Hospital district okays 10% tax cut
|Trinity Standard - Local News
Stories Added - March 2010
Copyright 2010 - Polk County Publishing Company
Trinity Standard -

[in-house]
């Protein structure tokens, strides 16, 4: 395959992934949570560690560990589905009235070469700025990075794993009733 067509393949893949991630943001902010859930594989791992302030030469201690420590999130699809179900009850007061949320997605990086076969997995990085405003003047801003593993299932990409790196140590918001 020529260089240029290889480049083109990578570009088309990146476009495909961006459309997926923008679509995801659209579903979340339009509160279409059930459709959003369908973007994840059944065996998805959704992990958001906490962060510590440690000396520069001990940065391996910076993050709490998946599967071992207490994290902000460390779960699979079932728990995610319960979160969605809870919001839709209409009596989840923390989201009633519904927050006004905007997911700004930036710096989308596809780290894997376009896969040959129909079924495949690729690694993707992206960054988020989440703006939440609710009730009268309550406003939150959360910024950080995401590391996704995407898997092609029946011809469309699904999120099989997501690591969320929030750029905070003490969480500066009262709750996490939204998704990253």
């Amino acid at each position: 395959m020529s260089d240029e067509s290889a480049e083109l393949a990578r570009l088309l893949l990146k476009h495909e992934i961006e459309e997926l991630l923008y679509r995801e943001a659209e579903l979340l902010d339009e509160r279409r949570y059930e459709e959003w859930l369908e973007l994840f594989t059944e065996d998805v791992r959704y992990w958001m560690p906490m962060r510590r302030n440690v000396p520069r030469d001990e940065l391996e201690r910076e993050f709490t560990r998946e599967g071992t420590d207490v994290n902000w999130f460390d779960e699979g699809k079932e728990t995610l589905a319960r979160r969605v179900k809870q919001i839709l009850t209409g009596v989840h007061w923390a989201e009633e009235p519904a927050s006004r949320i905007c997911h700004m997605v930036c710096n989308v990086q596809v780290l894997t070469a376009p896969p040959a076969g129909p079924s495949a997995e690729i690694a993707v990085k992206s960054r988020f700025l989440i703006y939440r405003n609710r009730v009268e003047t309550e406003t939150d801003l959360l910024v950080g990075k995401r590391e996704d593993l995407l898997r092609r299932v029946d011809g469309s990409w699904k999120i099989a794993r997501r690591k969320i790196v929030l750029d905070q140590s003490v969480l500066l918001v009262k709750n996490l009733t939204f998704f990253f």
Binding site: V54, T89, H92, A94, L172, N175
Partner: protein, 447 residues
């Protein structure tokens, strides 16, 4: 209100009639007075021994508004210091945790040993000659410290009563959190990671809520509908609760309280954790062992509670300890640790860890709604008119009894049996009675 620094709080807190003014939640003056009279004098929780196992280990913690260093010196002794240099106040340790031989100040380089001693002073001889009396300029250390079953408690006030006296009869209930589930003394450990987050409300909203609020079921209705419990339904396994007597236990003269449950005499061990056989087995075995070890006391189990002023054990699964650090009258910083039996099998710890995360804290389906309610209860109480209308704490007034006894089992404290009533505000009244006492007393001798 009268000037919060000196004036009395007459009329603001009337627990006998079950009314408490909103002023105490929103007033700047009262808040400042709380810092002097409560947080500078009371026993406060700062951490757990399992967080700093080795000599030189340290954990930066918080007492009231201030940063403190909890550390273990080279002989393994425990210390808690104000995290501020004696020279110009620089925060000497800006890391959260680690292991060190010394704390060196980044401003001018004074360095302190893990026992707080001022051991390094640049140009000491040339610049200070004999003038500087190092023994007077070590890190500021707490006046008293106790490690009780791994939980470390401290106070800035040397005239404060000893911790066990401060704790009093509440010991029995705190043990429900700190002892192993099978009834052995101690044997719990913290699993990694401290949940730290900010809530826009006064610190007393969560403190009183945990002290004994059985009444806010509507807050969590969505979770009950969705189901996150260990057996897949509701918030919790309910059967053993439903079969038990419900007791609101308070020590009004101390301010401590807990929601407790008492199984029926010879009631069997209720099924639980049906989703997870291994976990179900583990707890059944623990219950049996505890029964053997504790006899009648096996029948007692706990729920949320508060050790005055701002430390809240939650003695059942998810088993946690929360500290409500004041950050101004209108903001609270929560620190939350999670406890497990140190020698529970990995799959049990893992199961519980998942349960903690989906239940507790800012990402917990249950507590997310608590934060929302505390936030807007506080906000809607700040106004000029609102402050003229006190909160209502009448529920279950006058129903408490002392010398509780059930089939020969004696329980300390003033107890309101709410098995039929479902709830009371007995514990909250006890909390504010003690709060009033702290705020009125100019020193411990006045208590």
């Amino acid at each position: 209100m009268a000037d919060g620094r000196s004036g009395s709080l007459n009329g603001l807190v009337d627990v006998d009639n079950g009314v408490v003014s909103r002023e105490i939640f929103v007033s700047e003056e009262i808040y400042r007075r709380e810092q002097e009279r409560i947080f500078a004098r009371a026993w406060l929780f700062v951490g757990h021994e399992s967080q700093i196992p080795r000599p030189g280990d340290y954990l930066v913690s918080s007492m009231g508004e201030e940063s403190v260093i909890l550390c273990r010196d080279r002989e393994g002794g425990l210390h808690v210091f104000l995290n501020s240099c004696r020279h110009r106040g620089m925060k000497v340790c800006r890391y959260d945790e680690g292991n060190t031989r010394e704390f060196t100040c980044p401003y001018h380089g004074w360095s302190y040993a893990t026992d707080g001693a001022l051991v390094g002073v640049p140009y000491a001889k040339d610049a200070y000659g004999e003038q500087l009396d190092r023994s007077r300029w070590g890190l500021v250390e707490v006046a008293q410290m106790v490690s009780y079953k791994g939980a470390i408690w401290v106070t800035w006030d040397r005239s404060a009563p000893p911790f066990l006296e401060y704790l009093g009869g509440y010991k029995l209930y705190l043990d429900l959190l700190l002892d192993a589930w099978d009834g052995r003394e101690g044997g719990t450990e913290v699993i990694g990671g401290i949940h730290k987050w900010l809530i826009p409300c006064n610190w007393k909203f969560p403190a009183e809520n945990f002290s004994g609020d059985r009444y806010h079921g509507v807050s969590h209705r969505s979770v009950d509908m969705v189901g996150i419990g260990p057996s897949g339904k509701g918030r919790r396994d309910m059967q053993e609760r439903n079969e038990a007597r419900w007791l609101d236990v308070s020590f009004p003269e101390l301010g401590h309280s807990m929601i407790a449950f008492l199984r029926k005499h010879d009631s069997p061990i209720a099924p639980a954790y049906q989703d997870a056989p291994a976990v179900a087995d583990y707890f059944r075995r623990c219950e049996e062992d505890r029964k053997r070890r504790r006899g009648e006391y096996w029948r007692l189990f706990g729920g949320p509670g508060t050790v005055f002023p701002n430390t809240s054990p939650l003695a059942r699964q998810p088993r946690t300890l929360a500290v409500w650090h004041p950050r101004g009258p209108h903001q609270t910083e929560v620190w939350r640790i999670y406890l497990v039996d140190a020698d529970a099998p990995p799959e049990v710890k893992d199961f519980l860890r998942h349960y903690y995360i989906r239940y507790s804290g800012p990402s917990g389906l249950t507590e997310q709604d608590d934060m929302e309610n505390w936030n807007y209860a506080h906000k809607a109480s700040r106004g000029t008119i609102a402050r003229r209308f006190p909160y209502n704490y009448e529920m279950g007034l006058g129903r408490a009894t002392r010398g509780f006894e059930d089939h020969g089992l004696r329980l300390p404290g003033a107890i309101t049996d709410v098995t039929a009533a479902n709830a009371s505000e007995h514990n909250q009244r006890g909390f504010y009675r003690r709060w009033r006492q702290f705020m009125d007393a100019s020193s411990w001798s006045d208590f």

TRINITY – A 10 percent cut in the 2010 Trinity Memorial Hospital District’s tax rate was approved Monday night and plans were unveiled for a second 10 percent cut for 2011. Based on a recommendation from TMHD’s Long Range Planning Committee, the board agreed to move forward on the tax cut plan. Jim Rippey, who chairs the committee, said the panel discussed two possible tax cut options. The one calling for 10 percent cuts in both 2010 and 2011 was the favored one but they also looked at “Option 2” which called for a 10 percent cut in 2010 and 5 percent cuts in both 2011 and 2012. “Right now the economy is not very strong and we’re still not sure what the federal government is going to do to rural hospitals as part of the health care reform, but we feel we can handle these cuts at this time,” Rippey said. According to figures presented by Rippey Monday night, the district expects to collect about $613,288 in taxes during the 2009 collection year, which is now drawing to a close. By cutting the tax rate by 10 percent in 2010, Rippey said the district would probably lose about $61,300 in revenue. A 10 percent cut in 2011 would reduce their income by about $55,200 for a total reduction of $116,524. The current TMHD tax rate is 18.32 cents per $100 in assessed value. A 10 percent reduction could reduce the rate to 16.49 cents for 2010 and a second 10 percent cut would bring it down to about 14.84. Right now, the owner of property valued at $50,000 (after exemptions) pays about $91.60 in hospital taxes per year. A 10 percent cut for 2010 would reduce that to $82.44 and a 10 percent cut the following year would reduce that down to $74.20. Board members noted that under state law, they cannot vote on the 2011 tax rate until next year. Rippey noted the district can afford these cuts partly because they have pre-paid the next three years of their indigent care obligation to East Texas Medical Center. Under its lease agreement, ETMC operates the local hospital while TMHD owns the facilities. The hospital district also has agreed to pay ETMC $25,000 per month or $300,000 each year for the care of indigent patients. Without having to make the indigent care payments, over the next three years Rippey indicated the hospital district would have less than $150,000 in expenses per year. Tax income generated in excess of the expenses would go into the district’s reserve fund to be used for future projects or emergencies. Board members indicated by the time they again began making the monthly $25,000 indigent care payment to ETMC, they would be able to build up a reserve of over $1 million. Board member Dave Ward said it made sense to begin cutting taxes now because the district has finished financing a number of planned, major improvements to the local hospital. Beginning in 2007, TMHD launched a construction program starting with a new emergency room waiting area which was followed by a major renovation of the emergency room itself. Ward noted that the district used about $1 million of its reserve money to pay for the two phases of the ER work and about $100,000 to improve the hospital’s parking area. In 2008, they were set to fund the construction of the new doctor’s clinic now located on the south side of the hospital. However, in a deal worked out with ETMC, instead of paying for the clinic directly, the hospital district paid $1.2 million into the federal Upper Payment Limit (UPL) program. The UPL program then added a 160 percent match and returned it to ETMC for use in indigent care through out the ETMC hospital system. This freed other money in ETMC for use in the construction of the clinic, which is now owned by the hospital district. Also, with their $1.2 million payment to UPL, TMHD was credited with four years of their contracted indigent care costs. Last year the district continued the improvements by contributing another $800,000 to the UPL program in exchange for ETMC’s agreement to build a new patient wing with 15 private, modern rooms. While the district was not credited with pre-paying any additional indigent care costs with that deal, they did receive an additional one-year credit when they put another $300,000 into the program to cover the cost of adding a surgical suite to the expansion program. The final step in the construction process came last month when TMHD’s board contributed another $400,000 into the UPL system to indirectly cover the cost of adding a new kitchen and dining room to the hospital. ETMC has agreed to include the dietary facilities into the new patient wing/surgical suite construction that is set to begin later this year. Ward noted that since the construction program began, the hospital district has paid $3.8 million and, once the current building project is completed, they will have received work valued at between $9.5 and $10 million. “And $1.5 million of those dollars we would have had to spend for indigent care regardless of any construction. So for about $2.3 million, we will essentially have a new hospital,” he said. “There wouldn’t have been any way we could have accomplished this and reduce taxes without the UPL program and ETMC,” Ward said. Board member Lois Saldana voiced her appreciation to all involved for the changes that have been made at the hospital in recent years. “People who complain about the hospital district’s taxes haven’t been down here to see how we’ve been spending their money,” she said. “I think if they would come take a look, they will be more than pleased.” Board member Carlyn Bluis said the improvement made to the facilities will go a long way toward helping attract new industry and residents to the area. “When someone is looking to relocate a business, the first things they look at are the schools and the hospital,” she said. “Once the construction is completed, this is something the community should take pride in.” She noted that new residents to the area, especially senior citizens, want a hospital nearby in case of emergency. “Right now a person with a $100,000 house pays about $15 a month in hospital taxes,” Bluis said. “People thrown more money away than that on lottery tickets.” As opposed to the high number of complaints about the hospital that were coming in a number of years ago, board members noted that patient feedback is now overwhelmingly positive. “Patient satisfaction is the number one goal of ETMC,” board president Larry King said. “One thing that most people aren’t aware of is that the Trinity hospital was ranked number one in ETMC’s patient polls for a number of months.” ETMC Administrator Warren Robicheaux confirmed that the local hospital was ranked first in patient satisfaction among all ETMC hospital for several months. “We aren’t number one right now but we are still up closed to the top,” he added. Ground breaking set During the meeting, Robicheaux said ETMC will host a formal ground breaking ceremony on Monday, April 26, for the new patient wing/surgical suite. While the start time has not yet been finalized, Robicheaux said it would probably be around noon. As part of the dedication, the hospital administrator said ETMC wanted to honor the Trinity families who worked hard over the years to insure that the local hospital continued to exist. He noted that members of the Gibson family, for example, donated land for a park near the hospital. While some of that land will be used to build a new hospital kitchen, Robicheaux said the park area will be shifted over to include some of the area formally used by the hospital helipad and will continue. “Families like this have done things for the hospital over the years and we need to recognize them,” he said, adding that hospital board members should come up with a list of those who should be included. During the coming weeks, Robicheaux said work will begin to prepare the hospital for the construction work. For instance, the hospital’s existing loading dock will be expanded so that it can accommodate the mobile MRI truck and work on expanding the clinic’s parking lot will begin. In addition, land located north of the current hospital which is now owned by ETMC will be converted into a parking area with an exit onto Pine Valley Drive. “We need to be sure we still have adequate parking for patients and their families once construction begins. Indigent care During the meeting, the board learned that during January, ETMC provided $220,000 in free or reduced cost care. Robicheaux noted that those who qualify as indigent are not required to pay anything while those who qualify for “charity care” are required to pay a greatly reduced fee. In his breakdown, the hospital administrator said six ET patients received about $23,000 in free or reduced care, two out-patients received about $16,000 in laboratory or radiology care and four in-patients received about $180,000 in care during the month.